Valletta Travel Guide
Valletta © Paul Micallef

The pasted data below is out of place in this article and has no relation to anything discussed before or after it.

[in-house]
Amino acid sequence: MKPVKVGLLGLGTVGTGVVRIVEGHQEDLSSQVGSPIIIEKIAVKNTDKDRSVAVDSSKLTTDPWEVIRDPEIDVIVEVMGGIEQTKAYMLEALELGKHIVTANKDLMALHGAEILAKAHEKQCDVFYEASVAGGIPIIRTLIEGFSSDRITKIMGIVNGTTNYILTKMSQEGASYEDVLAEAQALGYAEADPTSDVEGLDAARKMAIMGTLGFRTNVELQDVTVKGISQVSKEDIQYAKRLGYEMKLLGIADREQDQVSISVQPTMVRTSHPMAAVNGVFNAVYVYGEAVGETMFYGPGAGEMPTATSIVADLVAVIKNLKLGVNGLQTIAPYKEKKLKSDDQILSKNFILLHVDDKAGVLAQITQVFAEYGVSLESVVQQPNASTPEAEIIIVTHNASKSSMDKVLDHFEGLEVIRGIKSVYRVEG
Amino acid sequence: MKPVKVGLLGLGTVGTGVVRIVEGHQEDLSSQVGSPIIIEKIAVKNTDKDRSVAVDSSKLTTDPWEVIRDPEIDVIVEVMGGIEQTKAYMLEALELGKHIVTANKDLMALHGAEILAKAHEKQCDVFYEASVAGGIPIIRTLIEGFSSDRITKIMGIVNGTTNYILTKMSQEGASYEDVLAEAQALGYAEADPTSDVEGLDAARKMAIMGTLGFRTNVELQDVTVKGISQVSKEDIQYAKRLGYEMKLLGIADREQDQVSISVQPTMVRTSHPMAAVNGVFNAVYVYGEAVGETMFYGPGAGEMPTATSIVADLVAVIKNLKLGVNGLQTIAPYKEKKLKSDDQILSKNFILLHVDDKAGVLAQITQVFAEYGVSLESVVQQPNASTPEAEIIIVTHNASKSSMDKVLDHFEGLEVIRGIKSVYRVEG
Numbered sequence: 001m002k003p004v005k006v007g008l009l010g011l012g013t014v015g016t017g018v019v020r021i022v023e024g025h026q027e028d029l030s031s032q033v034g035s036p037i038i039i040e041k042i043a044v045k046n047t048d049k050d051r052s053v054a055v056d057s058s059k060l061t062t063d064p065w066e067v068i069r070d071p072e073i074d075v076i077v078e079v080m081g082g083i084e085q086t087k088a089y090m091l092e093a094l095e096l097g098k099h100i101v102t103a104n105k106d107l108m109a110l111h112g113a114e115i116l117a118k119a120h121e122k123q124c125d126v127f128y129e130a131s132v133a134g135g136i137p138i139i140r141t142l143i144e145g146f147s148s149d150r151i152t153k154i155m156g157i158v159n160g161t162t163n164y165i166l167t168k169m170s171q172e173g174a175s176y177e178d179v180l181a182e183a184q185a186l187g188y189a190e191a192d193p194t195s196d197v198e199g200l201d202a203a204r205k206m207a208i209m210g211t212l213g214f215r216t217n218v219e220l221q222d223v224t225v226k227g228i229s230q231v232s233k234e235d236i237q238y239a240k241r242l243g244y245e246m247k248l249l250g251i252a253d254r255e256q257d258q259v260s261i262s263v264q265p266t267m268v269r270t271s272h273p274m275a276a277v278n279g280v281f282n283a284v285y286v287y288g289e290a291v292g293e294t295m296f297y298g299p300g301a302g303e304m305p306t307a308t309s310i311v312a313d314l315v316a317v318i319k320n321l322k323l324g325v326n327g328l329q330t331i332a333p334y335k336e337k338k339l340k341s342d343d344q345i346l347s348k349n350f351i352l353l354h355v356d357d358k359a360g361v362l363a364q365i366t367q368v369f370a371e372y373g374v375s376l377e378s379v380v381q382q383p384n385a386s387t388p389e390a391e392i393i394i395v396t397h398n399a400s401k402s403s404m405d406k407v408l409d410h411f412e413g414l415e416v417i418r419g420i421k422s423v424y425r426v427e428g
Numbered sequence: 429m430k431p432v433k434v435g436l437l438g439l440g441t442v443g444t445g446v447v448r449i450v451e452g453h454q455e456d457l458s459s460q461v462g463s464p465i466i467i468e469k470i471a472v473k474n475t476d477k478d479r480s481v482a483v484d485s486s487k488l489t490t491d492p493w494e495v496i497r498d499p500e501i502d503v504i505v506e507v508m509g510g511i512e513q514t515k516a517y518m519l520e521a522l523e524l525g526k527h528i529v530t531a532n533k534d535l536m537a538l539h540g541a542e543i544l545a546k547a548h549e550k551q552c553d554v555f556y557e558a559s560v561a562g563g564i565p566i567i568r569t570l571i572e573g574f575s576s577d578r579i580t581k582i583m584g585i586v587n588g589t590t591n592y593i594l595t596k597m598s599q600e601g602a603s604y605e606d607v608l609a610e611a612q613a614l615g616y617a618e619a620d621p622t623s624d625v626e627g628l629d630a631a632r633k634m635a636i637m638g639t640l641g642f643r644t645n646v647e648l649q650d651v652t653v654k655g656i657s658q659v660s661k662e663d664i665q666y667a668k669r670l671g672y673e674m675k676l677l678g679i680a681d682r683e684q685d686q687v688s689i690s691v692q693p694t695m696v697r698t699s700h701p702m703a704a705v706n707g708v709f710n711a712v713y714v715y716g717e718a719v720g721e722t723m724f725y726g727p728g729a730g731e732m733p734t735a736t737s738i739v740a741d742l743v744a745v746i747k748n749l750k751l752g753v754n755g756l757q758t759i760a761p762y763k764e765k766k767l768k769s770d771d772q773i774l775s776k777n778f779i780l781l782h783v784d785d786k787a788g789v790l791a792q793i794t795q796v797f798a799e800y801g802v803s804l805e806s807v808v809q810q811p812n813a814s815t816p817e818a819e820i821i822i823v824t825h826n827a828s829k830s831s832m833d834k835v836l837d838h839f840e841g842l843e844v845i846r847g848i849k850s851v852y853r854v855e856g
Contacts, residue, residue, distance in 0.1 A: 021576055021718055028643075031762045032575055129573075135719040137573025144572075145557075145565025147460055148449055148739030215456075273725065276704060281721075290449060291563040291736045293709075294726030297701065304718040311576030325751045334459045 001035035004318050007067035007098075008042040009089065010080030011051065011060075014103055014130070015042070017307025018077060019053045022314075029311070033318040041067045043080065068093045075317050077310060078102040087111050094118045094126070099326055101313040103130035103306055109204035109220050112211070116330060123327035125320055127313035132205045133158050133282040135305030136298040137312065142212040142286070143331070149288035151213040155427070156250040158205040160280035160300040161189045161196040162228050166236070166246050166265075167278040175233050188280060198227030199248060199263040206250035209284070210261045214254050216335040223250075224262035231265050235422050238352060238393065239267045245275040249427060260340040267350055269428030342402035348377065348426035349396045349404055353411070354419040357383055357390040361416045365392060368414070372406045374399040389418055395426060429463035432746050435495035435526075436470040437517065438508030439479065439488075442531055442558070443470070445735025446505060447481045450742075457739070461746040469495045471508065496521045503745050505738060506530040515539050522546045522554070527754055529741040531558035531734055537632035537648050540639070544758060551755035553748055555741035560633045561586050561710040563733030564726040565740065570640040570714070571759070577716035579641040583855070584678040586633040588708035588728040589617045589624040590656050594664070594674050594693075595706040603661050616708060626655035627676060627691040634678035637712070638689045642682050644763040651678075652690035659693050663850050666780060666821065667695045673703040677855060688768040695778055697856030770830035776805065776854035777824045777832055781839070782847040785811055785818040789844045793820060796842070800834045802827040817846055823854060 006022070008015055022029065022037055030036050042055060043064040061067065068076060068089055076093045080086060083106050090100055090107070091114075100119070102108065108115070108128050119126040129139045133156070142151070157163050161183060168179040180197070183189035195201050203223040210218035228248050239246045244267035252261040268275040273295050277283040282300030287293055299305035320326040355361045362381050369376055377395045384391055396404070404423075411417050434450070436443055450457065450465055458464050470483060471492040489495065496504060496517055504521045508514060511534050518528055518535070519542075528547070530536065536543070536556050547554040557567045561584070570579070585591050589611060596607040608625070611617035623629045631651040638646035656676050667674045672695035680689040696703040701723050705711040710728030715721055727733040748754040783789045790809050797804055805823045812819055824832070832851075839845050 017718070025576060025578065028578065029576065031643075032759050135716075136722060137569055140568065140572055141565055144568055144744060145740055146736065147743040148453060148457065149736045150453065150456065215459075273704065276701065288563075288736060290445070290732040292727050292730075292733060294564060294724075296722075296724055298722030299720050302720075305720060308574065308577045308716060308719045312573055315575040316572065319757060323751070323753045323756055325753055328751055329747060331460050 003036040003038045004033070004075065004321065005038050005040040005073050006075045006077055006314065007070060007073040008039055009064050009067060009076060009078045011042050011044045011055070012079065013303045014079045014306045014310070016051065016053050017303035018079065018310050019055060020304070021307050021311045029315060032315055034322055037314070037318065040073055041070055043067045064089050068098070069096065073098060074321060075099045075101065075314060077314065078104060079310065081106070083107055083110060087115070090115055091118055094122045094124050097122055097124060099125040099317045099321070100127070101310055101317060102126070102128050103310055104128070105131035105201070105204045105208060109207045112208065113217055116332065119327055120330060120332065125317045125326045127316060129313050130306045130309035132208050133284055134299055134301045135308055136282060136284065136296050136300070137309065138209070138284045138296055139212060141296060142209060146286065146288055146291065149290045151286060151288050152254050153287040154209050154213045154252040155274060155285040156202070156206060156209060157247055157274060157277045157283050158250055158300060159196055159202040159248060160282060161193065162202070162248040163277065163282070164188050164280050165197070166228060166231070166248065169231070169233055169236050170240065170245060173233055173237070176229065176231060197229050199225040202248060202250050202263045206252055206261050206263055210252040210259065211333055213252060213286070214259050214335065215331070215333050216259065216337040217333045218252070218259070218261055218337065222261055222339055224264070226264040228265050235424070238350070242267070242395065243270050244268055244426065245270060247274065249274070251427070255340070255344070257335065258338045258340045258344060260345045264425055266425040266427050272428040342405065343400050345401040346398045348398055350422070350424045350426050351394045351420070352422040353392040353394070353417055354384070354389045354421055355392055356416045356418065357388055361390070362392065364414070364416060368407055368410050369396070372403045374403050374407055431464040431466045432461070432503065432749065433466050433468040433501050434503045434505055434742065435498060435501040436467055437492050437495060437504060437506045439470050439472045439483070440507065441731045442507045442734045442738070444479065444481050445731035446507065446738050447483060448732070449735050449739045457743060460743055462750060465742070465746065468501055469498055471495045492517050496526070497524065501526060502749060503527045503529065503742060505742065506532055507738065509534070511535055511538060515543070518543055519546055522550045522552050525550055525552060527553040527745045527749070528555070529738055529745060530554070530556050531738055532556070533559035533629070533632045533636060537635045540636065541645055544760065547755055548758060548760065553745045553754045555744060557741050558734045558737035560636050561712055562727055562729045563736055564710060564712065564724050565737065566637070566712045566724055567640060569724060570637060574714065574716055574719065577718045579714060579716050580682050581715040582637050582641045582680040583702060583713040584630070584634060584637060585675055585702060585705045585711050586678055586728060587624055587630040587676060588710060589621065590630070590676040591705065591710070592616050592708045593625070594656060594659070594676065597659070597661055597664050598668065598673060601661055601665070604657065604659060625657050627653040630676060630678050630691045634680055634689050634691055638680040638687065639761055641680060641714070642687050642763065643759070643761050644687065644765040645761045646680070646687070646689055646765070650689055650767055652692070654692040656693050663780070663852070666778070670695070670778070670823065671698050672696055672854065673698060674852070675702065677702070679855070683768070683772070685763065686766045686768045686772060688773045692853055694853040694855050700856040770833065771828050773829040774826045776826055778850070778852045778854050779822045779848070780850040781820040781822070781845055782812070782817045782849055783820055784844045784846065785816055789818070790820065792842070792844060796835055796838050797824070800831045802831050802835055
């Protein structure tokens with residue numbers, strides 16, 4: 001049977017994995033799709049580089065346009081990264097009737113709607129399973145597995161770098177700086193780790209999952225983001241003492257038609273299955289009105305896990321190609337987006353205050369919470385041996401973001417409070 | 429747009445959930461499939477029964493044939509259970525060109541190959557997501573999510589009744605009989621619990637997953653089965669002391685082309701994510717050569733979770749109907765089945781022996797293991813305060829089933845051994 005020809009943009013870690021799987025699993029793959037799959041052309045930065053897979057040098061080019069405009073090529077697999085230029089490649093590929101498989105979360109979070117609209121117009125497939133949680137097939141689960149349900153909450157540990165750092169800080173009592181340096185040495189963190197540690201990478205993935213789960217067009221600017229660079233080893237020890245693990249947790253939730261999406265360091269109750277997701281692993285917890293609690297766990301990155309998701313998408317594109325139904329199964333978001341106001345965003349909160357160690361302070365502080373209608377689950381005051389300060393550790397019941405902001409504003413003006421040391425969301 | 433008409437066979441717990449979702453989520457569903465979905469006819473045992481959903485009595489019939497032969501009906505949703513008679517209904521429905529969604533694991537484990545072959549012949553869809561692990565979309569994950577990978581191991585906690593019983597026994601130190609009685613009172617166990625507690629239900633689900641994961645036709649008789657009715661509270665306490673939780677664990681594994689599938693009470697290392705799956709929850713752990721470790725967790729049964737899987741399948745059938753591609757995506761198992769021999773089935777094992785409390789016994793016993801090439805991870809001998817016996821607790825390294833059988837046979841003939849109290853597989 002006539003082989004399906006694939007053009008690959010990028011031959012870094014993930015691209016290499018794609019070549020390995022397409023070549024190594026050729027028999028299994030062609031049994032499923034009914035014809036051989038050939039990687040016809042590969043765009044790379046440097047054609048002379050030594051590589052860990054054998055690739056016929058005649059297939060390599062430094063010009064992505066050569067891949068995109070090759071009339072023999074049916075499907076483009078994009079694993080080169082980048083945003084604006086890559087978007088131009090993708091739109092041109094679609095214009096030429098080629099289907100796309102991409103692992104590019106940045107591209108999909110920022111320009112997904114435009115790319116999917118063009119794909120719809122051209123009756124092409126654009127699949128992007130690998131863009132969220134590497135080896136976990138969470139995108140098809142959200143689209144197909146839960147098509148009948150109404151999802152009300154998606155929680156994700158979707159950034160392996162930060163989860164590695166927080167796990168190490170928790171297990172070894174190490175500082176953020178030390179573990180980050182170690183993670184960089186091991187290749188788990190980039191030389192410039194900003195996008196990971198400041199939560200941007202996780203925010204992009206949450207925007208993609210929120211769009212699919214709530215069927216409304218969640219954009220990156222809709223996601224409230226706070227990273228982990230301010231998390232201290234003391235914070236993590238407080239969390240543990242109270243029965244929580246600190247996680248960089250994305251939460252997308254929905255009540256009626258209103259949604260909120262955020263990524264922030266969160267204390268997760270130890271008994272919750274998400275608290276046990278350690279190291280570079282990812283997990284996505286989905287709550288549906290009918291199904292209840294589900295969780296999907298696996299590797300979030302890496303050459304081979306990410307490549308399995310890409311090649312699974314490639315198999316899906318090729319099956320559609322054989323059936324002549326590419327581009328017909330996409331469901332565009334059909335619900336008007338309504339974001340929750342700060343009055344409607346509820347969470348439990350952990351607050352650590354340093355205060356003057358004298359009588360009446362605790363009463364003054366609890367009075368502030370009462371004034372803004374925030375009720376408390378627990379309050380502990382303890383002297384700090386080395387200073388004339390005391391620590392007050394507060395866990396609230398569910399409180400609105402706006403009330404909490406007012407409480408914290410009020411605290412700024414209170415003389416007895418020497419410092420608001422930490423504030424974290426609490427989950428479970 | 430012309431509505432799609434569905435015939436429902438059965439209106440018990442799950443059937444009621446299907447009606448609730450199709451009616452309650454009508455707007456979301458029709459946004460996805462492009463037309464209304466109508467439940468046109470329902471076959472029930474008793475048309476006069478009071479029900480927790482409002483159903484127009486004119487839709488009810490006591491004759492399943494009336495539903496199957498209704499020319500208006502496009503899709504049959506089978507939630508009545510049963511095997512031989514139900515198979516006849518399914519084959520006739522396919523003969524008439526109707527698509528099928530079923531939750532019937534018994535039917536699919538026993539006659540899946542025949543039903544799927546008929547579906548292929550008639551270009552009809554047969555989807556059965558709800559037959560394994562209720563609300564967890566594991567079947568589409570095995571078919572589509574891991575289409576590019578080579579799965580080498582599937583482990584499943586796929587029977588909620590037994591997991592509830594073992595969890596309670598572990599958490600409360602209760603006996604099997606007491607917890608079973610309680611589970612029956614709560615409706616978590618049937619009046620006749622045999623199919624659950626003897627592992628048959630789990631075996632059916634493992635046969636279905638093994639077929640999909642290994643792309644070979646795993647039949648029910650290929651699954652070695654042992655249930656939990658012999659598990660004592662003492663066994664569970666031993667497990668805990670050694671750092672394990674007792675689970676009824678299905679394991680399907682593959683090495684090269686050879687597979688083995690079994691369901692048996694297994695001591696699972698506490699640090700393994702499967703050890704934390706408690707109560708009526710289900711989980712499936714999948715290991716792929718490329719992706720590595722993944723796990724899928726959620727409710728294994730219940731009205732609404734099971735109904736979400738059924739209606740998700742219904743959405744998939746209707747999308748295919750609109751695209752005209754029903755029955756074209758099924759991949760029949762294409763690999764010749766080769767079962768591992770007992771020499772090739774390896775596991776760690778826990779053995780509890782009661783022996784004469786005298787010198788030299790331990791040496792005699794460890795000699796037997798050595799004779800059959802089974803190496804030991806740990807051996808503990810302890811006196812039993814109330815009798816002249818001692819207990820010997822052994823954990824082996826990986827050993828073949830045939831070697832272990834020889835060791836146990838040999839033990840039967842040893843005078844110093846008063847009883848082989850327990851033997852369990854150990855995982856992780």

Valletta, which is the capital of Malta, has the charm of an Italian city with its many Baroque palaces set on narrow steep streets that form a grid pattern. The city was carefully planned by its founder, Grand Master Fra Jean de la Vallette and the Knights of the Order of St John. The city was 'built by gentlemen for gentlemen' with the first stone being ceremonially laid in 1566 after Ottoman forces withdrew their siege of the Maltese Islands and the Knights of St John took over. The purpose of the city, built in a short span of 15 years on a plateau between two harbours on Malta's northeast coast, was primarily to fortify the island and secondly to provide palaces, Auberges (lodgings) for the eight Knight's groupings (Langues), churches for worship and gardens for recreation. The remnants of the Knight's occupation today characterise Valletta in the form of some splendid Baroque buildings and fortifications, but the majestic architecture manages not to overwhelm the island's carefree personality.
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